Is every piece you make a one-off, or are you able to produce multiple copies of your creations?

Generally I prefer one-offs. I’ve done a lot of mass-production pieces over the years in the film industry but I get bored with that really quickly these days, I have too many ideas I want to try out to spend my life re-making things I’ve already made. Inevitably I’ll get orders for things that people have seen that I’ve made previously, but I try hard not to just make straight duplicates, I’m always trying to create pieces that are unique even if they’re echoing themes I’ve already explored.

Many of the items you incorporate into your designs are “Salvaged” from junkyards, yard sales, thrift stores and other secondhand outlets. How do you spot a piece that’s worth using in one of your creations?

I guess I have a good eye for shapes. This was something I developed whilst working on Doctor Who; we had minimal budgets and even less facilities available to work with. You learned to spot shapes in other things and see how they could fit together to create an existing design, very few things were ever built from absolute scratch since we didn’t have access to the tools or the budget/schedule to work that way most of the time. This is something I’ve carried over into my Post Apocalyptic work and it’s why I chose the name SALVAGED as the brand for my work in that genre. I feel it kind of sums up how I work and I think it fits the overall concept of the genre – finding cast-off things and re-purposing them.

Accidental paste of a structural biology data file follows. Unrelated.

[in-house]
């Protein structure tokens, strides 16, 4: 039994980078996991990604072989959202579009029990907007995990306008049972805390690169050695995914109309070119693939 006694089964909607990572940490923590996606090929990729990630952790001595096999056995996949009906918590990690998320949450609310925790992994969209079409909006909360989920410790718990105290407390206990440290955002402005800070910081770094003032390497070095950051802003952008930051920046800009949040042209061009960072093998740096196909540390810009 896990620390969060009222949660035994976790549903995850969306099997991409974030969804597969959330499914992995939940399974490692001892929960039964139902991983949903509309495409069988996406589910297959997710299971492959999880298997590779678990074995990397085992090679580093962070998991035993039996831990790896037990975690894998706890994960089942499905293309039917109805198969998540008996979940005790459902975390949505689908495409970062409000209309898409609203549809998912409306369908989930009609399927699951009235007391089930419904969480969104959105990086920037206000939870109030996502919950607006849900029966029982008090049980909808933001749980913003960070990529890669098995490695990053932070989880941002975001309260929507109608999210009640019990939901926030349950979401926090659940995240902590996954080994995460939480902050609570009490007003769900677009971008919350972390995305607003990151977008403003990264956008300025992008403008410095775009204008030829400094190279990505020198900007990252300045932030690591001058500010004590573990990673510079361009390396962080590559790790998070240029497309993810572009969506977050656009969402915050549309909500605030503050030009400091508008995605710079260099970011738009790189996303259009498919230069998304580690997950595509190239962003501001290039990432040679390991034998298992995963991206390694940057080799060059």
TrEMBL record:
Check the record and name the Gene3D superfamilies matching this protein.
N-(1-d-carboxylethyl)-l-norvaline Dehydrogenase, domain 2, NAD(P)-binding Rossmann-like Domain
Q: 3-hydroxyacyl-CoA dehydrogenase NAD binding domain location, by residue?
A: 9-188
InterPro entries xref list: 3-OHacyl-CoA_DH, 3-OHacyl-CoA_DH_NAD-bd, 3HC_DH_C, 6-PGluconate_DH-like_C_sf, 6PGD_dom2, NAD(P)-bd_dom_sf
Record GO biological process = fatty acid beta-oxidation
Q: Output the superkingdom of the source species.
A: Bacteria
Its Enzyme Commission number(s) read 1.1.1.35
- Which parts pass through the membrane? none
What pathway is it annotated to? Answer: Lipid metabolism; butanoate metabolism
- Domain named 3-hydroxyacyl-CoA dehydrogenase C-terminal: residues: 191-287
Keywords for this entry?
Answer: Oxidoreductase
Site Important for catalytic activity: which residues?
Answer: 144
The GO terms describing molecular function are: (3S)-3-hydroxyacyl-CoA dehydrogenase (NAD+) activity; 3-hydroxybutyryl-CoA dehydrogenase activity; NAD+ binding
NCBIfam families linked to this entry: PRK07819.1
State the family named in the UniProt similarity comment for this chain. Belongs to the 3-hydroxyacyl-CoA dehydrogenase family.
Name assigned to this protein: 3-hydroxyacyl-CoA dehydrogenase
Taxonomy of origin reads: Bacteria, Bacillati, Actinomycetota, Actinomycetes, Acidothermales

How much time do you typically invest in a project from start to finish?

That completely depends on the individual job; there’s time spent conceptualizing a piece, time spent in discussion with a client, budgetary and schedule limitations, time spent finding the right elements to use for a build, construction time, ageing and distressing – it all takes as long as it needs to (or has to) really.

How much does one of your creations cost, if someone wanted to buy one?

Again, that depends entirely upon the individual job. I have a commercial rate and a personal use rate per day plus materials costs, what I charge depends on the end use and of course on what budget the client has available to spend.

Besides making costumes and props, what other activities do you engage in to express your creativity?